Anachan's Corner

One woman's journey through marriage, motherhood, and the classroom…

Partying With Patrick Henry

Written By: Anachan - Oct• 19•16

A few weeks ago, my American literature class read “Sinners in the Hands of an Angry God,” a sermon by the renowned Puritan preacher Jonathan Edwards.

The piece is one which is considered an “Anchor Text” in the new Common Core-aligned textbook selected from the list of state-approved texts last year. Published by Pearson, the company which also handles the PARCC testing, which New Mexican high school students are required to pass before receiving a diploma, this textbook ought to have material best suited for preparing students for that test. Or, at least, that was our reasoning.

The book is designed to allow teachers some flexibility, based on the needs of the students in their classrooms, which means there are way too many pieces in the book for me to cover in one school year. The teacher must pick and choose which pieces to cover and which to pass over in the course of, well, the course.

Because of this, I have tended to focus on those pieces labeled as “Exemplar Texts” or “Anchor Texts,” as those are among the “canon” of the publishers and test writers. Overall, they make up a fairly decent overview of the trends in American literature and expose the students to the literary concepts they need in order to be considered “competent.”

But when my class read the Edwards sermon, I came to understand there was something else I ought to be considering, as well.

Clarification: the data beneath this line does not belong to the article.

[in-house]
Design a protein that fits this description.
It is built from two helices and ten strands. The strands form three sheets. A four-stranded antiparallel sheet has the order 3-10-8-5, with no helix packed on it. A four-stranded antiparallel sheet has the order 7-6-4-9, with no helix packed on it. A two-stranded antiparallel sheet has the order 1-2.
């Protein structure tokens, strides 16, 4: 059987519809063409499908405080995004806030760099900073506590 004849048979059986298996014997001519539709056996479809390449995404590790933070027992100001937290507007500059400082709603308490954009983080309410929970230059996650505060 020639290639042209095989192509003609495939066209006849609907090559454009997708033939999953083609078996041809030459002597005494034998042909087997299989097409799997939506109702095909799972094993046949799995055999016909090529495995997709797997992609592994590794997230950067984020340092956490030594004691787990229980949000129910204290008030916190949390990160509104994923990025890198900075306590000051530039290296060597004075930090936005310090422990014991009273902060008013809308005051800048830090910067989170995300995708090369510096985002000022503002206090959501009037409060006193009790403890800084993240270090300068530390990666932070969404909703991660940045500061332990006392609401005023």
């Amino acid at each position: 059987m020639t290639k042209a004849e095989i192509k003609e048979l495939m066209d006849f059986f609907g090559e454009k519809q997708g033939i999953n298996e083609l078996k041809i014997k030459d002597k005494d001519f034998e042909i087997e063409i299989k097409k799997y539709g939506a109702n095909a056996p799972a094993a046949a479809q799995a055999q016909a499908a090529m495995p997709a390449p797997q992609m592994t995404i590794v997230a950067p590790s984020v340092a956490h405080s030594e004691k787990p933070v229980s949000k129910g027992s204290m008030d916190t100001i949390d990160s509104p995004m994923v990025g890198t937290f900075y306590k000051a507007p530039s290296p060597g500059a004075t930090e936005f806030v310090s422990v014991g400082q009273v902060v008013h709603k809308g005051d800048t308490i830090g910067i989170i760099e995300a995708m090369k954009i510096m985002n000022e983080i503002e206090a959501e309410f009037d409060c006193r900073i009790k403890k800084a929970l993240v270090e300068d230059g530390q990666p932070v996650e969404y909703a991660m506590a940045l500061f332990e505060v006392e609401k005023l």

The selection in the text is actually only a portion of the sermon, as the original work took the clergyman six hours to deliver. It is a disciplinary sermon, presumably to motivate the congregation to repent, and according to the background note before the text, some of the listeners actually screamed in terror in the middle of the meeting.

As we started reading the sermon, I realized I, too, felt something, but it wasn’t sheer terror. Instead, a dampness and depression had settled on the room as the students read the words. What I was feeling was not something as much as the absence of something, and I realized I knew what was wrong: the Holy Spirit was not present.

In my faith, along with many Christians of other denominations, we believe that an individual can live worthily to have the companionship of the Holy Spirit, as long as he or she is living in accordance with the commandments of God. Members focus on maintaining daily spirituality and keeping touch with the Almighty, through prayer and scripture study, in order to develop a better understanding of what it feels like to have the Spirit around. By so doing, we can also learn to recognize when said Spirit is absent, indicating that something is not going well and needs to be fixed.

As I recognized the absence of the Spirit, I began to wonder how many of my students would get the impression from this experience that all sermons or other religious addresses were dark and depressing. I began to wonder how many of my students would feel that religion as a whole was something to be avoided. And I began to wonder what kind of impression toward God my students would form from reading this kind of piece.

Out of all the sermons Edwards preached–and he was rather prolific–this was the one chosen by the publishers to represent a Puritan sermon. Given that it is fairly well-known that many in academia tend toward the secular, was there a message the publishers wanted to pass on to the students?

Even if the publishers had no nefarious intent against religion, what was the message I was passing on to my students by my tacit condoning of this piece?